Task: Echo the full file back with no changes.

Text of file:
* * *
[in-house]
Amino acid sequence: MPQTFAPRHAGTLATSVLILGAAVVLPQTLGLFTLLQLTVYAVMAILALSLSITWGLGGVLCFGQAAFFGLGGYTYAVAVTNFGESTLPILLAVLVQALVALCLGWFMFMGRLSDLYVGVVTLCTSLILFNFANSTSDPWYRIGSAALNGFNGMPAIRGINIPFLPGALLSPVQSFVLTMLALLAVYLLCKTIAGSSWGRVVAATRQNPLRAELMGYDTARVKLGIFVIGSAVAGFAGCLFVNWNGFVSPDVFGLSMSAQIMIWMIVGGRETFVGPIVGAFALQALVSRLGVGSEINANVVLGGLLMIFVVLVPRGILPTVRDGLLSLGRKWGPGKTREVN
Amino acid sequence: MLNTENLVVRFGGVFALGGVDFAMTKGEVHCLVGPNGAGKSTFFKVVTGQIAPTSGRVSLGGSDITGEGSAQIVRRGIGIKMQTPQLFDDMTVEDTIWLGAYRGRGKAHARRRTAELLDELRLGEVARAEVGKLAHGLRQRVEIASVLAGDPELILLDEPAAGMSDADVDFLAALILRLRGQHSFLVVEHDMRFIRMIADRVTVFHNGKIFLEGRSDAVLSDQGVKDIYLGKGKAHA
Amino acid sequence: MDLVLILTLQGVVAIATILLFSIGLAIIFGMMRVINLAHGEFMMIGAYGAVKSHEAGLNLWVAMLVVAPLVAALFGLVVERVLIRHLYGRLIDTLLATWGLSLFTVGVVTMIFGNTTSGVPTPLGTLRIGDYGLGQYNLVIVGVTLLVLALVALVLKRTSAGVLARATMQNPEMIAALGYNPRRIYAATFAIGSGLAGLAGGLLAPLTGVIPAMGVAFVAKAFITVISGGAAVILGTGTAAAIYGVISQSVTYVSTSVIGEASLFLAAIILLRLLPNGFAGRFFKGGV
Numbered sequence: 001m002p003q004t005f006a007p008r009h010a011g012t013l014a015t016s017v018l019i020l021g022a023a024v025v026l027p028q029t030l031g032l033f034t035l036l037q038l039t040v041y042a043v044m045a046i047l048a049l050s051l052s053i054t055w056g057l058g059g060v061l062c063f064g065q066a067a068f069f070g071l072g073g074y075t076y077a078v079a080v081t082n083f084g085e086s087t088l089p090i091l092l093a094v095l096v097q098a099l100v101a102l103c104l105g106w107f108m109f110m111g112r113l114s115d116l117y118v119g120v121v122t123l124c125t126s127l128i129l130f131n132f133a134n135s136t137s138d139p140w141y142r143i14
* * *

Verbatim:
[in-house]
Amino acid sequence: MPQTFAPRHAGTLATSVLILGAAVVLPQTLGLFTLLQLTVYAVMAILALSLSITWGLGGVLCFGQAAFFGLGGYTYAVAVTNFGESTLPILLAVLVQALVALCLGWFMFMGRLSDLYVGVVTLCTSLILFNFANSTSDPWYRIGSAALNGFNGMPAIRGINIPFLPGALLSPVQSFVLTMLALLAVYLLCKTIAGSSWGRVVAATRQNPLRAELMGYDTARVKLGIFVIGSAVAGFAGCLFVNWNGFVSPDVFGLSMSAQIMIWMIVGGRETFVGPIVGAFALQALVSRLGVGSEINANVVLGGLLMIFVVLVPRGILPTVRDGLLSLGRKWGPGKTREVN
Amino acid sequence: MLNTENLVVRFGGVFALGGVDFAMTKGEVHCLVGPNGAGKSTFFKVVTGQIAPTSGRVSLGGSDITGEGSAQIVRRGIGIKMQTPQLFDDMTVEDTIWLGAYRGRGKAHARRRTAELLDELRLGEVARAEVGKLAHGLRQRVEIASVLAGDPELILLDEPAAGMSDADVDFLAALILRLRGQHSFLVVEHDMRFIRMIADRVTVFHNGKIFLEGRSDAVLSDQGVKDIYLGKGKAHA
Amino acid sequence: MDLVLILTLQGVVAIATILLFSIGLAIIFGMMRVINLAHGEFMMIGAYGAVKSHEAGLNLWVAMLVVAPLVAALFGLVVERVLIRHLYGRLIDTLLATWGLSLFTVGVVTMIFGNTTSGVPTPLGTLRIGDYGLGQYNLVIVGVTLLVLALVALVLKRTSAGVLARATMQNPEMIAALGYNPRRIYAATFAIGSGLAGLAGGLLAPLTGVIPAMGVAFVAKAFITVISGGAAVILGTGTAAAIYGVISQSVTYVSTSVIGEASLFLAAIILLRLLPNGFAGRFFKGGV
Numbered sequence: 001m002p003q004t005f006a007p008r009h010a011g012t013l014a015t016s017v018l019i020l021g022a023a024v025v026l027p028q029t030l031g032l033f034t035l036l037q038l039t040v041y042a043v044m045a046i047l048a049l050s051l052s053i054t055w056g057l058g059g060v061l062c063f064g065q066a067a068f069f070g071l072g073g074y075t076y077a078v079a080v081t082n083f084g085e086s087t088l089p090i091l092l093a094v095l096v097q098a099l100v101a102l103c104l105g106w107f108m109f110m111g112r113l114s115d116l117y118v119g120v121v122t123l124c125t126s127l128i129l130f131n132f133a134n135s136t137s138d139p140w141y142r143i14